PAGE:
The timing of policy development and science must be synchronized, so that the long and short-term windows for science and decision-making can be synchronized accordingly. Short-termwindows for decision-making may be advantageous as they allow the inclusion of new and more detailed information and predictions. In the future, data may make it possible for scientists to accurately predict climate variability and change. The challenge will then be how to convert these predictions into adaptation policies for fisheries management, harbour development, or civil emergency planning. Global climate change scenarios need to be checked against more specific studies at regional and sub-regional levels. As policies adapt to climate change and variability, it is important to consider opportunities as well as risks. With accelerating climate change and variability, reliable scientific information becomes crucial for formulating policy on a wide variety of issues, including fisheries, marine infrastructure, and transportation. Therefore, more resources need to be devoted to ocean climate research, paying attention to the short and mediumterm, to the regional impacts as well as the global impacts, to monitoring and management approaches across vulnerable coastal and marine ecosystems, and to the benefits as well as the risks of climate change.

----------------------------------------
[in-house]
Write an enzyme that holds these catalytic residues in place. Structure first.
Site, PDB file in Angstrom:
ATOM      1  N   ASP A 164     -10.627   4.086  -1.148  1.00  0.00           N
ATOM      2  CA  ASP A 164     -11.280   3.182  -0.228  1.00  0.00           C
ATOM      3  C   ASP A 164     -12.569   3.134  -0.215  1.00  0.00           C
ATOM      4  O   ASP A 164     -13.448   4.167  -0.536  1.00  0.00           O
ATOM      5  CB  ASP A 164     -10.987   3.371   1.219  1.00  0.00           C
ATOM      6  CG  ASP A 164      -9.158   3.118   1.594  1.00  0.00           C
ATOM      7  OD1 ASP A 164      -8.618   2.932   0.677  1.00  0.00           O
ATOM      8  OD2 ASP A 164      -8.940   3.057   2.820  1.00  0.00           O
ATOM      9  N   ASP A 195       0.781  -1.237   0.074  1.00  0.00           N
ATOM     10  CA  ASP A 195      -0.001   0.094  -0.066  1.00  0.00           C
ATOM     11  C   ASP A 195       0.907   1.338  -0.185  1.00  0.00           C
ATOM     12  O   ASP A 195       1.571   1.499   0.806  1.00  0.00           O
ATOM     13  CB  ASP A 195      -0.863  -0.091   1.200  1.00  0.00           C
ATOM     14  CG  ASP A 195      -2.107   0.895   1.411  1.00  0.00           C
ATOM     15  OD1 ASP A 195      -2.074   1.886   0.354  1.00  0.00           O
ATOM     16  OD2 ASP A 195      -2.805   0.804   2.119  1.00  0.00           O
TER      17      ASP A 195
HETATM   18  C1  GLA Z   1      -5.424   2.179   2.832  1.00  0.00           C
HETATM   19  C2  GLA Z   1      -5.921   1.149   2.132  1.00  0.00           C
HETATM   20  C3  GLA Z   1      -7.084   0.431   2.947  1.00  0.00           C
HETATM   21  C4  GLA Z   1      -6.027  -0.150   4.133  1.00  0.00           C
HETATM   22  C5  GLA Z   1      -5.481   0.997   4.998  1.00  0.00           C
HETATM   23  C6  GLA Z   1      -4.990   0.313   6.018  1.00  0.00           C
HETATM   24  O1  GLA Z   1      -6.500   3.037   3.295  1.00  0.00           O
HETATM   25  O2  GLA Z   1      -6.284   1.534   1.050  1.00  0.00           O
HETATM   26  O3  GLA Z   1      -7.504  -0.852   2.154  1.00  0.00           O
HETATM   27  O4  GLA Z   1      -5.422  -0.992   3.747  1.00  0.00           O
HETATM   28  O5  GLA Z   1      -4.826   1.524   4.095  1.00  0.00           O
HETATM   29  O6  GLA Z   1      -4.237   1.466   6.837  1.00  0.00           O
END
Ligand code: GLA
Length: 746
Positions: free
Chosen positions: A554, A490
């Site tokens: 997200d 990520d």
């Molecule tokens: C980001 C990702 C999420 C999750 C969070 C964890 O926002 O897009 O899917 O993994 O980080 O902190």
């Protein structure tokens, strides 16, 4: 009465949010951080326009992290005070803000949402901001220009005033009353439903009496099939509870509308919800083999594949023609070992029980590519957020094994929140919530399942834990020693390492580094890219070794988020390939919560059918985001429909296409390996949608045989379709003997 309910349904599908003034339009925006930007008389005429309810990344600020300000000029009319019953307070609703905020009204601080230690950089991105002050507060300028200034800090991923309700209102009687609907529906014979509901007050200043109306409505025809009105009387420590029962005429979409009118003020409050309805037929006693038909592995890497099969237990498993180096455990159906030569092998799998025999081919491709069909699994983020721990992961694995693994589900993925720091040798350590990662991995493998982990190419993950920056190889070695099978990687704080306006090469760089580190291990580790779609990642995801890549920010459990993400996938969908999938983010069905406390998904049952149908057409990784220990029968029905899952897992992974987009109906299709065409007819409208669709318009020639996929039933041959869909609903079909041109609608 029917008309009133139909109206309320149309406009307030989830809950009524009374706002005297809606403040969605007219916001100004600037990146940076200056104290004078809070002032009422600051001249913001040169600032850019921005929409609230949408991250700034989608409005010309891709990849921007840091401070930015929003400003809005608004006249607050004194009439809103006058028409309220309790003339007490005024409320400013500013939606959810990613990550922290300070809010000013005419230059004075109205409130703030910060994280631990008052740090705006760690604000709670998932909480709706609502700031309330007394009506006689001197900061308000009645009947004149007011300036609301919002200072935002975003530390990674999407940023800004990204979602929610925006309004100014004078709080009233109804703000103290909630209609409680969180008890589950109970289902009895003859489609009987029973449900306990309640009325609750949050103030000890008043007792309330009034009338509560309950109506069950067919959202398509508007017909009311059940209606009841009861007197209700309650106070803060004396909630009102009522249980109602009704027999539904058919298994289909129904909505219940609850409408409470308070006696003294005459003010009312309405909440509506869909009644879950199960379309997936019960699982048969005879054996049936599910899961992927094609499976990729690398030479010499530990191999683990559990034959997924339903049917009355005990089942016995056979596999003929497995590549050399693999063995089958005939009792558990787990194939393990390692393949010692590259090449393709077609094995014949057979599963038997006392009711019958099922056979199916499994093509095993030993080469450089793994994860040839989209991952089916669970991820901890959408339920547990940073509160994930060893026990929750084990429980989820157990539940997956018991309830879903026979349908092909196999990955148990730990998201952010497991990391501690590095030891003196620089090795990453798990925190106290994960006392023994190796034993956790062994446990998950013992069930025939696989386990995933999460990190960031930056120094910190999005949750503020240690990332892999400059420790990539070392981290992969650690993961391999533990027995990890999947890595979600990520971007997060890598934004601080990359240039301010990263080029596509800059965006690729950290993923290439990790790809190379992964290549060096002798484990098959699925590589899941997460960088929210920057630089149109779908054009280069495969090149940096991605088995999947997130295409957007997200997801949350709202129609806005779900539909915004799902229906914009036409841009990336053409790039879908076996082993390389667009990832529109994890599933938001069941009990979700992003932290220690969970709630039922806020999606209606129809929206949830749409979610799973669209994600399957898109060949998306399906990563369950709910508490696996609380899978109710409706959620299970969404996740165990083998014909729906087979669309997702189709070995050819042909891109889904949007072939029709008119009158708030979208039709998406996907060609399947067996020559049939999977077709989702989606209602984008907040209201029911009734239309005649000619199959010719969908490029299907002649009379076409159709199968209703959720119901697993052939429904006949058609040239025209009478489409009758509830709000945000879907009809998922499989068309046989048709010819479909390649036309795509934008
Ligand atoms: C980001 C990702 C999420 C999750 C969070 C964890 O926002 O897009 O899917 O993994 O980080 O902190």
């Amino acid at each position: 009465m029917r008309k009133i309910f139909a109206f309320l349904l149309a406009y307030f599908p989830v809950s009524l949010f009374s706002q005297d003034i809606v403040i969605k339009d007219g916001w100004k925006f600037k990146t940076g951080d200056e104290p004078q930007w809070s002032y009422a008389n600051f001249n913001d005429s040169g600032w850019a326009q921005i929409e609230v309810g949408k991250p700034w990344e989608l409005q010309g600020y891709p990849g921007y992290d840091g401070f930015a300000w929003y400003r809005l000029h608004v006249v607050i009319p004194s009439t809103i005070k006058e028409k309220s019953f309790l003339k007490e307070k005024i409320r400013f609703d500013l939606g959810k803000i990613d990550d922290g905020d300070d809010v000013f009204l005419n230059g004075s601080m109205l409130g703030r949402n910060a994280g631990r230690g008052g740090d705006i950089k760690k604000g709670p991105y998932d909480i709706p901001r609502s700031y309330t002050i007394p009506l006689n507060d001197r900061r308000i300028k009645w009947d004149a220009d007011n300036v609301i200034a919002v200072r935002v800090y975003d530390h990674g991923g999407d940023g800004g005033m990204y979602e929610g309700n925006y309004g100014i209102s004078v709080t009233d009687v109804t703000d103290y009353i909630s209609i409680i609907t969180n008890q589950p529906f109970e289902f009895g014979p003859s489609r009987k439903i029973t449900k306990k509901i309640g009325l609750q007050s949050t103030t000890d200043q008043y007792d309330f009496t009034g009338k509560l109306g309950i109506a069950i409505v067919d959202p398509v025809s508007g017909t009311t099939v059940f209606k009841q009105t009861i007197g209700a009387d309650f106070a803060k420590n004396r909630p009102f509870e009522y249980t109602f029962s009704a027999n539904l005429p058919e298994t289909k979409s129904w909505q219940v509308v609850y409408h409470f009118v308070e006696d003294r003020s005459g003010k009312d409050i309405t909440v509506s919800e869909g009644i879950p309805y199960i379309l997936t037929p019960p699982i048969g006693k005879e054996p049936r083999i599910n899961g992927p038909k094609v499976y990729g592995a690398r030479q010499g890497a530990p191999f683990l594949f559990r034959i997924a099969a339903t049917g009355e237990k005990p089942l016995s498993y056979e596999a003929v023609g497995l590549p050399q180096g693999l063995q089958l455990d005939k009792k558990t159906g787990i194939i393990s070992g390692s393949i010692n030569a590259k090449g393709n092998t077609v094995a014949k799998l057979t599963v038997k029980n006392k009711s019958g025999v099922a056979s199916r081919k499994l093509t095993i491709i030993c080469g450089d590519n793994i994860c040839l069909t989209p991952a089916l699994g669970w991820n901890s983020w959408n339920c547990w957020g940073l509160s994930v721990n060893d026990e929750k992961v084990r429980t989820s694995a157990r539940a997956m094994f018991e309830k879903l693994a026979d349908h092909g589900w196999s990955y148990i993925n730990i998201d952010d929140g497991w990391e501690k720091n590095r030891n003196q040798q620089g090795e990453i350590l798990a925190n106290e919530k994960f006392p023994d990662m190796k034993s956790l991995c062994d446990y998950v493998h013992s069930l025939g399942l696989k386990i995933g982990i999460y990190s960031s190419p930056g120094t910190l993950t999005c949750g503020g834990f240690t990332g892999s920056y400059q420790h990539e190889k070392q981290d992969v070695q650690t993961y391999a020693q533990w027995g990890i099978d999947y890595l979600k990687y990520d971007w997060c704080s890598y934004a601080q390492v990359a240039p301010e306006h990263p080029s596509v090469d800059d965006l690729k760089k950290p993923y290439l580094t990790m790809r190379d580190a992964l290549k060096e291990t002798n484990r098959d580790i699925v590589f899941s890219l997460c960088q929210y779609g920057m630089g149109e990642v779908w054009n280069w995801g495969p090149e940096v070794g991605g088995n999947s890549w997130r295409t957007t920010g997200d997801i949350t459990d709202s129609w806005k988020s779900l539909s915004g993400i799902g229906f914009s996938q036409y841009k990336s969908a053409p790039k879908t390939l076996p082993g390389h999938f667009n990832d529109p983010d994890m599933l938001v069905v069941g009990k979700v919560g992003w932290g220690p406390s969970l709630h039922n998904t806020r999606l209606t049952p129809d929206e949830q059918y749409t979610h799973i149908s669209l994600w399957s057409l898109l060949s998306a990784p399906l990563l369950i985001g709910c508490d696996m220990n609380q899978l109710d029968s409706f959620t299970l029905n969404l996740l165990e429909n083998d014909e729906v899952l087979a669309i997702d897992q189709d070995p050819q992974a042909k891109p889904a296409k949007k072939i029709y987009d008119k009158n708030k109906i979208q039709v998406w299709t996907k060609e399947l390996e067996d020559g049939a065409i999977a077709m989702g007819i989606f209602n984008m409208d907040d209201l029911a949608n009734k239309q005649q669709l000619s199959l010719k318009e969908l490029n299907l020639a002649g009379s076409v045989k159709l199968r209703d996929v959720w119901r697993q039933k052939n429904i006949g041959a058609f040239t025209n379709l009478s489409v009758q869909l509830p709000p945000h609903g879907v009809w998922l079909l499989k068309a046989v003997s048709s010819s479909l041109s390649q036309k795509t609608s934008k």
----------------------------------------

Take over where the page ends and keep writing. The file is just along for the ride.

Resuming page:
There will be common problems in adapting to climate change by Small Island Developing States (SIDS) and less developed regions and countries within Africa, Asia, the Caribbean, Central and South America, and the Pacific. For SIDS, there is a need to enhance economic, ecological, and social resilience in an integrated manner. Effective implementation of adaptation measures is critical to ensure sustainable development, and SIDS governments are already incorporating adaptation measures into national sustainable development strategies for infrastructure, economic development, disaster management, environment, conservation and biodiversity.

SIDS urgently need financial resources and technical support, as recognized and committed under the UNFCCC process, including funding arrangements for the development and transfer of renewable energy and energyefficiency technologies as a way of reducing carbon dioxide emissions. The integration of the Mauritius Strategy for the sustainable development of SIDS in the work programme of the UNFCCC is crucial to address SIDS concerns on climate change. The appeal of the SIDS through the Alliance of Small Island States (AOSIS) for discussion of implementation of the Mauritius Strategy should be considered. The SIDS strongly oppose carbon dioxide sequestration and nuclear power as options to address climate change.

References Global Forum on Oceans, Coasts and Islands